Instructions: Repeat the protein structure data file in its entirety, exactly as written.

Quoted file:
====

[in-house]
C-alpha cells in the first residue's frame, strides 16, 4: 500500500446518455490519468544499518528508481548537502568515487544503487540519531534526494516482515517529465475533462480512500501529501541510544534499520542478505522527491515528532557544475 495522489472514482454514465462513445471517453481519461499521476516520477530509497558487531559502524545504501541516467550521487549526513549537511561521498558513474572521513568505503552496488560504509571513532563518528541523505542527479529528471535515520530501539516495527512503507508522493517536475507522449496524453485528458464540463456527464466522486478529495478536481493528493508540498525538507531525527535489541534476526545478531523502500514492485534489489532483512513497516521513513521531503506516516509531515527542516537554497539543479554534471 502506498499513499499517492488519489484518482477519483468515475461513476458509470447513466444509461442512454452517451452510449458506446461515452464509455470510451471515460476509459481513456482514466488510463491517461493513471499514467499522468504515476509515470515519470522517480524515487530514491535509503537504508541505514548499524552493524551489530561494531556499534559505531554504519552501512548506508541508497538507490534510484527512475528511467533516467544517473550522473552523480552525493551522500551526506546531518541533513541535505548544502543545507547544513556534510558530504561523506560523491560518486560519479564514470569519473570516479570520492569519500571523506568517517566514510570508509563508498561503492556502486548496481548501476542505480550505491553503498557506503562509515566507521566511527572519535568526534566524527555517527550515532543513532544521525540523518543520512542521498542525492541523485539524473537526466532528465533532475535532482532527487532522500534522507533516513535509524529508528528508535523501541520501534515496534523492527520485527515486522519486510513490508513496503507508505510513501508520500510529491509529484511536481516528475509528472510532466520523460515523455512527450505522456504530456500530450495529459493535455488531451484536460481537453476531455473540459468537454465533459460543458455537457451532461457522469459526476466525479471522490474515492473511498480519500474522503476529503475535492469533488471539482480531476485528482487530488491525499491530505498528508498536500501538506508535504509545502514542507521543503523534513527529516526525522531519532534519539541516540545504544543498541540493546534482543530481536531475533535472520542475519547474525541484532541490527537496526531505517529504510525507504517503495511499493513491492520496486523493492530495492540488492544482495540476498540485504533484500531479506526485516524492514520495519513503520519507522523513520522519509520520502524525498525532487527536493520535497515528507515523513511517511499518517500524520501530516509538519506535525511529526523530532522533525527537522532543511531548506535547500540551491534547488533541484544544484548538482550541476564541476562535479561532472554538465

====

[in-house]
C-alpha cells in the first residue's frame, strides 16, 4: 500500500446518455490519468544499518528508481548537502568515487544503487540519531534526494516482515517529465475533462480512500501529501541510544534499520542478505522527491515528532557544475 495522489472514482454514465462513445471517453481519461499521476516520477530509497558487531559502524545504501541516467550521487549526513549537511561521498558513474572521513568505503552496488560504509571513532563518528541523505542527479529528471535515520530501539516495527512503507508522493517536475507522449496524453485528458464540463456527464466522486478529495478536481493528493508540498525538507531525527535489541534476526545478531523502500514492485534489489532483512513497516521513513521531503506516516509531515527542516537554497539543479554534471 502506498499513499499517492488519489484518482477519483468515475461513476458509470447513466444509461442512454452517451452510449458506446461515452464509455470510451471515460476509459481513456482514466488510463491517461493513471499514467499522468504515476509515470515519470522517480524515487530514491535509503537504508541505514548499524552493524551489530561494531556499534559505531554504519552501512548506508541508497538507490534510484527512475528511467533516467544517473550522473552523480552525493551522500551526506546531518541533513541535505548544502543545507547544513556534510558530504561523506560523491560518486560519479564514470569519473570516479570520492569519500571523506568517517566514510570508509563508498561503492556502486548496481548501476542505480550505491553503498557506503562509515566507521566511527572519535568526534566524527555517527550515532543513532544521525540523518543520512542521498542525492541523485539524473537526466532528465533532475535532482532527487532522500534522507533516513535509524529508528528508535523501541520501534515496534523492527520485527515486522519486510513490508513496503507508505510513501508520500510529491509529484511536481516528475509528472510532466520523460515523455512527450505522456504530456500530450495529459493535455488531451484536460481537453476531455473540459468537454465533459460543458455537457451532461457522469459526476466525479471522490474515492473511498480519500474522503476529503475535492469533488471539482480531476485528482487530488491525499491530505498528508498536500501538506508535504509545502514542507521543503523534513527529516526525522531519532534519539541516540545504544543498541540493546534482543530481536531475533535472520542475519547474525541484532541490527537496526531505517529504510525507504517503495511499493513491492520496486523493492530495492540488492544482495540476498540485504533484500531479506526485516524492514520495519513503520519507522523513520522519509520520502524525498525532487527536493520535497515528507515523513511517511499518517500524520501530516509538519506535525511529526523530532522533525527537522532543511531548506535547500540551491534547488533541484544544484548538482550541476564541476562535479561532472554538465